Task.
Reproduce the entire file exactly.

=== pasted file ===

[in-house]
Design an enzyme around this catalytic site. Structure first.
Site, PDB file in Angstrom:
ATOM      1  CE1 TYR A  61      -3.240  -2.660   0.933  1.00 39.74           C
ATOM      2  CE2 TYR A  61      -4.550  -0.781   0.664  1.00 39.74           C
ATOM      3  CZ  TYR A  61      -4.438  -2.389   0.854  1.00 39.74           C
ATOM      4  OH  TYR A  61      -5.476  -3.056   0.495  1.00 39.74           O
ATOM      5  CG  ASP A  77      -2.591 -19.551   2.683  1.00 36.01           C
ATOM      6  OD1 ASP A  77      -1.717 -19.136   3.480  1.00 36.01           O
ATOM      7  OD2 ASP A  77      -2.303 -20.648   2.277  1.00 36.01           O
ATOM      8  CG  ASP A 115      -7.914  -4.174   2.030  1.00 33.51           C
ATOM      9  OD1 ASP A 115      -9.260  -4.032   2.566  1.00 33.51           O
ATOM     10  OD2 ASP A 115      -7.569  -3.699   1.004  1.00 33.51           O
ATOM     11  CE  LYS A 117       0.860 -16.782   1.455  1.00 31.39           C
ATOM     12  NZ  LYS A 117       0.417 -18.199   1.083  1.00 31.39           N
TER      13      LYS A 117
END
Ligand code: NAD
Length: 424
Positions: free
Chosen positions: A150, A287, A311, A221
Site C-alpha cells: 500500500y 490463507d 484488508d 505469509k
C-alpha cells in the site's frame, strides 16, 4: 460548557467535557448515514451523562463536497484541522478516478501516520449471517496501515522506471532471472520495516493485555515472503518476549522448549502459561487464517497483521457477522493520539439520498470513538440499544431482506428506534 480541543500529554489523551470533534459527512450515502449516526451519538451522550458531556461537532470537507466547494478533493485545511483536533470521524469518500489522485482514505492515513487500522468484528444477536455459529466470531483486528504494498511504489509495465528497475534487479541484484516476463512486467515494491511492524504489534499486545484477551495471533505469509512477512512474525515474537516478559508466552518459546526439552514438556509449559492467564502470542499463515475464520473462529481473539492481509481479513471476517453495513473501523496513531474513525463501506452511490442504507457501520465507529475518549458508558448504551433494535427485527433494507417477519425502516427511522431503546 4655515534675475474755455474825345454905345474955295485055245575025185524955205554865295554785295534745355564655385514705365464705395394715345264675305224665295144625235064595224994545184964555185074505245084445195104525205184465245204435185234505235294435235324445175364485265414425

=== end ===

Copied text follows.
[in-house]
Design an enzyme around this catalytic site. Structure first.
Site, PDB file in Angstrom:
ATOM      1  CE1 TYR A  61      -3.240  -2.660   0.933  1.00 39.74           C
ATOM      2  CE2 TYR A  61      -4.550  -0.781   0.664  1.00 39.74           C
ATOM      3  CZ  TYR A  61      -4.438  -2.389   0.854  1.00 39.74           C
ATOM      4  OH  TYR A  61      -5.476  -3.056   0.495  1.00 39.74           O
ATOM      5  CG  ASP A  77      -2.591 -19.551   2.683  1.00 36.01           C
ATOM      6  OD1 ASP A  77      -1.717 -19.136   3.480  1.00 36.01           O
ATOM      7  OD2 ASP A  77      -2.303 -20.648   2.277  1.00 36.01           O
ATOM      8  CG  ASP A 115      -7.914  -4.174   2.030  1.00 33.51           C
ATOM      9  OD1 ASP A 115      -9.260  -4.032   2.566  1.00 33.51           O
ATOM     10  OD2 ASP A 115      -7.569  -3.699   1.004  1.00 33.51           O
ATOM     11  CE  LYS A 117       0.860 -16.782   1.455  1.00 31.39           C
ATOM     12  NZ  LYS A 117       0.417 -18.199   1.083  1.00 31.39           N
TER      13      LYS A 117
END
Ligand code: NAD
Length: 424
Positions: free
Chosen positions: A150, A287, A311, A221
Site C-alpha cells: 500500500y 490463507d 484488508d 505469509k
C-alpha cells in the site's frame, strides 16, 4: 460548557467535557448515514451523562463536497484541522478516478501516520449471517496501515522506471532471472520495516493485555515472503518476549522448549502459561487464517497483521457477522493520539439520498470513538440499544431482506428506534 480541543500529554489523551470533534459527512450515502449516526451519538451522550458531556461537532470537507466547494478533493485545511483536533470521524469518500489522485482514505492515513487500522468484528444477536455459529466470531483486528504494498511504489509495465528497475534487479541484484516476463512486467515494491511492524504489534499486545484477551495471533505469509512477512512474525515474537516478559508466552518459546526439552514438556509449559492467564502470542499463515475464520473462529481473539492481509481479513471476517453495513473501523496513531474513525463501506452511490442504507457501520465507529475518549458508558448504551433494535427485527433494507417477519425502516427511522431503546 4655515534675475474755455474825345454905345474955295485055245575025185524955205554865295554785295534745355564655385514705365464705395394715345264675305224665295144625235064595224994545184964555185074505245084445195104525205184465245204435185234505235294435235324445175364485265414425